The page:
Race is deeply personal. This issue’s theme was selected by the editorial team because of the climate and awareness of racism and systemic injustice currently ongoing on the mainland. While we do not experience police brutality against African American and black men, there are still racial issues and tensions boiling below the surface of aloha.
This can be seen in the stereotypes of white people, even if they are kamaaina. It can be seen through the lens of colorism and the ways that white-presenting kanaka maoli are treated when their values and opinions of culture are different from their peers’ ideas, especially about TMT and the role of culture in their communities. The jokes about Micronesians, Filipinos, and other migrant working communities also serve to keep people in their place in the social hierarchy of race in the Aloha State.
Personally, I have been witness to racism against my family, friends, and students of all colors and blood quanta. I have also experienced prejudice during my second stint of employment with Kamehameha Schools when someone asked me if I got my name from my dad or my husband, totally invalidating me as a whole person. I am on a quest to find out more about who I am and what my cultures are based on the discoveries of my own racial composition from 23 and Me, which include Native American, Anatolian, and Cypriot. We are all complex, inside and out, and it is my hope that we remember this the next time we say or think something based on racial prejudice and stereotypes.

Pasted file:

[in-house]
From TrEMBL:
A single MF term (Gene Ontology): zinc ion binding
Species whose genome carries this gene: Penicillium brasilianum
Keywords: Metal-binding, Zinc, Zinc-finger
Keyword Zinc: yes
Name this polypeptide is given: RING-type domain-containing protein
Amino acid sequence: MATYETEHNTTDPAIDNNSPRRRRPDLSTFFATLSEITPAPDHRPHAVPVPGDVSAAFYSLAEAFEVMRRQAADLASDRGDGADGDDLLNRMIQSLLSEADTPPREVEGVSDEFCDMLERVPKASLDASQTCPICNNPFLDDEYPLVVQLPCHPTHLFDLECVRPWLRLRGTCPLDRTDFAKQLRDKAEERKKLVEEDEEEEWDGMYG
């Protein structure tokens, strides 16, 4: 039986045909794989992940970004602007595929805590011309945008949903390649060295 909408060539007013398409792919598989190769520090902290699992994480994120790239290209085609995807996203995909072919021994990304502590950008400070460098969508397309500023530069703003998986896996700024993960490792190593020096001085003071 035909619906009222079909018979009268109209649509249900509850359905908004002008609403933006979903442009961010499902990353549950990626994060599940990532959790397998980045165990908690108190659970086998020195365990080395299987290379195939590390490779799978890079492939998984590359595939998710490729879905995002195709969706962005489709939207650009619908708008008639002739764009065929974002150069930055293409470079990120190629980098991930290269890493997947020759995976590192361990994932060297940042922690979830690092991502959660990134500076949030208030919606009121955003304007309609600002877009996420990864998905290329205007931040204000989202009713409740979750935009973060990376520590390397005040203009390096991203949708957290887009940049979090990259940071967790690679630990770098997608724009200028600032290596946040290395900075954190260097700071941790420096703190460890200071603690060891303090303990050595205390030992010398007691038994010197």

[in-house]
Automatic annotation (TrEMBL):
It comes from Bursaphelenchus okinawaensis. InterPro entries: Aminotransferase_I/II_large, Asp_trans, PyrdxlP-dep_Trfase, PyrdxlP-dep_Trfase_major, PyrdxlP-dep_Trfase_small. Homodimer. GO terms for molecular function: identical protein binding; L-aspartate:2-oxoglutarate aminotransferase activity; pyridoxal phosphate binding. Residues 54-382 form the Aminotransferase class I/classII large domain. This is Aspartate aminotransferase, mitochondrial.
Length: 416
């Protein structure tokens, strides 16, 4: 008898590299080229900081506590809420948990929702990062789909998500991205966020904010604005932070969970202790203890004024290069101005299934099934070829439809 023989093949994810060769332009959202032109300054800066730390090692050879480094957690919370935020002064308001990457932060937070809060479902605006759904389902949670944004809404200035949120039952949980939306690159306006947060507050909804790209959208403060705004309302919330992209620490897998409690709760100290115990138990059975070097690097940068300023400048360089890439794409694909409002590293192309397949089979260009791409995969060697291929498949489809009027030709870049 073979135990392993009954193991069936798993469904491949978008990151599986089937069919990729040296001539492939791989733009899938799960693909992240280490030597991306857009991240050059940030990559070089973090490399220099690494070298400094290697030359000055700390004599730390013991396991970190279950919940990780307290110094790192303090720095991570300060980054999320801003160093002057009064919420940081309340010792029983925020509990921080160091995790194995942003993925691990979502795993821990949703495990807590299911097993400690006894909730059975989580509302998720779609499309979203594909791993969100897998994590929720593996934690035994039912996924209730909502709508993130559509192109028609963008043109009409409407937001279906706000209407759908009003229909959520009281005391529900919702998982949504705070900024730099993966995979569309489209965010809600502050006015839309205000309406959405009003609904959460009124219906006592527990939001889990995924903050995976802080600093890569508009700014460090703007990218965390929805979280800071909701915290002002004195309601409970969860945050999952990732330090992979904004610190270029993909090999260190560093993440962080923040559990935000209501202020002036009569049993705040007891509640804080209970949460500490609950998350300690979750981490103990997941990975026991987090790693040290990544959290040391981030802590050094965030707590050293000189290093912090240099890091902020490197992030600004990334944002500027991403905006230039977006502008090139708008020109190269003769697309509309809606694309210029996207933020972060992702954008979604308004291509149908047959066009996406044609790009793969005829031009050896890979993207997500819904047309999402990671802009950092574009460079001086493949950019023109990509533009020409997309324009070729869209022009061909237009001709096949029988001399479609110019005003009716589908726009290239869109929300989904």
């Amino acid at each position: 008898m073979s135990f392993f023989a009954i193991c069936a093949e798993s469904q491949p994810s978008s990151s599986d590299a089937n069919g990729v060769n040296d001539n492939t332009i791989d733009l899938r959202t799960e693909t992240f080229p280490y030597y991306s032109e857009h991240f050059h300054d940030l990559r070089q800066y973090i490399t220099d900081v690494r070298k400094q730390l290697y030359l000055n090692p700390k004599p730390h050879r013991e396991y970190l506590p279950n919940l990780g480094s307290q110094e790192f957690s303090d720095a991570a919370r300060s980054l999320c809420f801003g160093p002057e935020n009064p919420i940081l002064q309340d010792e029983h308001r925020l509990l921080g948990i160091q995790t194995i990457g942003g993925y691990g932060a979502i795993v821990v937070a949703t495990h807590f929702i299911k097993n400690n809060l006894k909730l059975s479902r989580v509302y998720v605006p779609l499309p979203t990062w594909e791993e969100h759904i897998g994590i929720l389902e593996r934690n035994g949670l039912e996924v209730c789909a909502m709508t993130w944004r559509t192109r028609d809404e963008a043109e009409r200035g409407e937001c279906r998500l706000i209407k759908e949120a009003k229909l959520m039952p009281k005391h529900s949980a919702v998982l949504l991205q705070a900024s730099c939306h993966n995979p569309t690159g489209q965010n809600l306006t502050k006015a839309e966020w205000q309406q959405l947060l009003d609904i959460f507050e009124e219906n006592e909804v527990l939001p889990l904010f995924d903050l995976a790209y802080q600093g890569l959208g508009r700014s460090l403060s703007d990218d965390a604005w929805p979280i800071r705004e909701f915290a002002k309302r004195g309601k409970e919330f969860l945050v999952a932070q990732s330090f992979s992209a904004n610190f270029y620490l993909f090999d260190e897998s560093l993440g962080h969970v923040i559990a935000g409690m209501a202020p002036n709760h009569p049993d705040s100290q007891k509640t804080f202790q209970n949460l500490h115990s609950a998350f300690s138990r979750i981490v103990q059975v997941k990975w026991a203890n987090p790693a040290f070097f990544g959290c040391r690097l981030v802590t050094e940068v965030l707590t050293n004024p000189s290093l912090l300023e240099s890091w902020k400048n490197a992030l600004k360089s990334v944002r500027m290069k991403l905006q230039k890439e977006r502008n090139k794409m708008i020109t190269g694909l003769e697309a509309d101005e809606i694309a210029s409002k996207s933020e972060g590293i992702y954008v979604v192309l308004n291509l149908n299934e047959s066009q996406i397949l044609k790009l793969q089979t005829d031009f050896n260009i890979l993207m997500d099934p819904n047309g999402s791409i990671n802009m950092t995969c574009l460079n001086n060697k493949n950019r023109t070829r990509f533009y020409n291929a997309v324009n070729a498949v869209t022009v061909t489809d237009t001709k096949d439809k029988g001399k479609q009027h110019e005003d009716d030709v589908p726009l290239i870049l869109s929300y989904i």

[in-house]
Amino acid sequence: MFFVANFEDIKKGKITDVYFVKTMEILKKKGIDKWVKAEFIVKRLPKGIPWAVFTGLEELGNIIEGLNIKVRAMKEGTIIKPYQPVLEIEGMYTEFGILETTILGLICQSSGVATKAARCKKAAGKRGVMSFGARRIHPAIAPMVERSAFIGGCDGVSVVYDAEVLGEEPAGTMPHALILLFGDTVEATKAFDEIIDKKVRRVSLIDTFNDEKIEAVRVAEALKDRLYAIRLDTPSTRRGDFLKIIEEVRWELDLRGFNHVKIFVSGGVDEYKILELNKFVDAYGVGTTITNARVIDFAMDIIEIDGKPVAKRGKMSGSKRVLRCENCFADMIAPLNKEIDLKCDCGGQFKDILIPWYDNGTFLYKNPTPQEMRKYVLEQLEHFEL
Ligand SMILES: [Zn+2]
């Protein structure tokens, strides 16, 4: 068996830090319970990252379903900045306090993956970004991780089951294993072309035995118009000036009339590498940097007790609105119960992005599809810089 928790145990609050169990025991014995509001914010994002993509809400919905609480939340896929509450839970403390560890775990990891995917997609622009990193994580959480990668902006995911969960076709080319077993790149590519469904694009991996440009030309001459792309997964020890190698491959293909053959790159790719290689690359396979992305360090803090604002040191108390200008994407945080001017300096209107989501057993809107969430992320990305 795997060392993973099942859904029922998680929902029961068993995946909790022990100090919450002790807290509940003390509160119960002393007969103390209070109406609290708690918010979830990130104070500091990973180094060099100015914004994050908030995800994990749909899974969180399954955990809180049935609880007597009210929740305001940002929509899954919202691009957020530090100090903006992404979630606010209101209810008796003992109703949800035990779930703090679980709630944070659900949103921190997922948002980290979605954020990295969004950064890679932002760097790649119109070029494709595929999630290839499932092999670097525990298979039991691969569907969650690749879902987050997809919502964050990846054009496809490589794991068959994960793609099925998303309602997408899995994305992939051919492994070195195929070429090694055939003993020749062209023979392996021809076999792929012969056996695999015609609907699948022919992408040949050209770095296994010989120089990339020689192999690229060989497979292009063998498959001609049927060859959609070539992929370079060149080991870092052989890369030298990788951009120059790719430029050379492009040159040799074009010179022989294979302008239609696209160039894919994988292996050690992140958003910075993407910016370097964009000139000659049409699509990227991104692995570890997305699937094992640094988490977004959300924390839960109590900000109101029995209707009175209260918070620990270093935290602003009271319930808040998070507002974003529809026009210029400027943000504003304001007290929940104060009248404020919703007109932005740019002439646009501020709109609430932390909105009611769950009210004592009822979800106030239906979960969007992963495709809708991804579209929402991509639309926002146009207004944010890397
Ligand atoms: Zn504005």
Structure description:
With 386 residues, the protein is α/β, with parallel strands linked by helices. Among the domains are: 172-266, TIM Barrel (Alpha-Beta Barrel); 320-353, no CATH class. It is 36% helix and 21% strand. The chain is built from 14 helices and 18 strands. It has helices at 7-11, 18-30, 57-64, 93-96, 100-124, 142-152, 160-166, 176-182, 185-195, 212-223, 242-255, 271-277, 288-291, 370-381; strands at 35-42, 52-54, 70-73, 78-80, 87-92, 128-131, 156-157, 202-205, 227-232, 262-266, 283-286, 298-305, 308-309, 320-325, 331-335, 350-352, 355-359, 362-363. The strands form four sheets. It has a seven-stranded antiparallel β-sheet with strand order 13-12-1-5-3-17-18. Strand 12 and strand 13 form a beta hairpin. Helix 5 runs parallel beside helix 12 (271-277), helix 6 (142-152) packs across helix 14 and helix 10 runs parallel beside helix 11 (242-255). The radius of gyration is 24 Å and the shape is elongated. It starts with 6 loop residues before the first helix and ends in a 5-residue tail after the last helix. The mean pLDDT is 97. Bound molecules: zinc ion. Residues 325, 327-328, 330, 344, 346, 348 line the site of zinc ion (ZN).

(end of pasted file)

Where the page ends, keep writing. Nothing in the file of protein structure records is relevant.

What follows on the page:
In this intimate issue of Hawaii Stories, we explore fictional accounts of prejudice, current thoughts about racism in Hawaii, and personal experiences exploring the meaning of blood and race.
You will notice a lack of black voices in this issue. While we hoped for people to submit stories and had solicited directly from kanaka and other bipoc, people declined to contribute. However, just because those voices aren’t presented here doesn’t mean we don’t value their experiences and want to know more. Our hope is to elevate marginalized voices. If you are interested in reading about the black Pacific Islanders experience, visit The Popolo Syllabus.
Alicia Takaoka is a writer, instructor, and researcher who lives on the Big Island with her Mister and cats. She moved to Hawaii for school and has lived on three islands in the nearly 17 years she’s been here. Alicia has an MA in Scientific and Technical Writing from Bowling Green State University, and she is earning her PhD from UH Manoa in Communication and Information Sciences with a focus on human-computer interaction.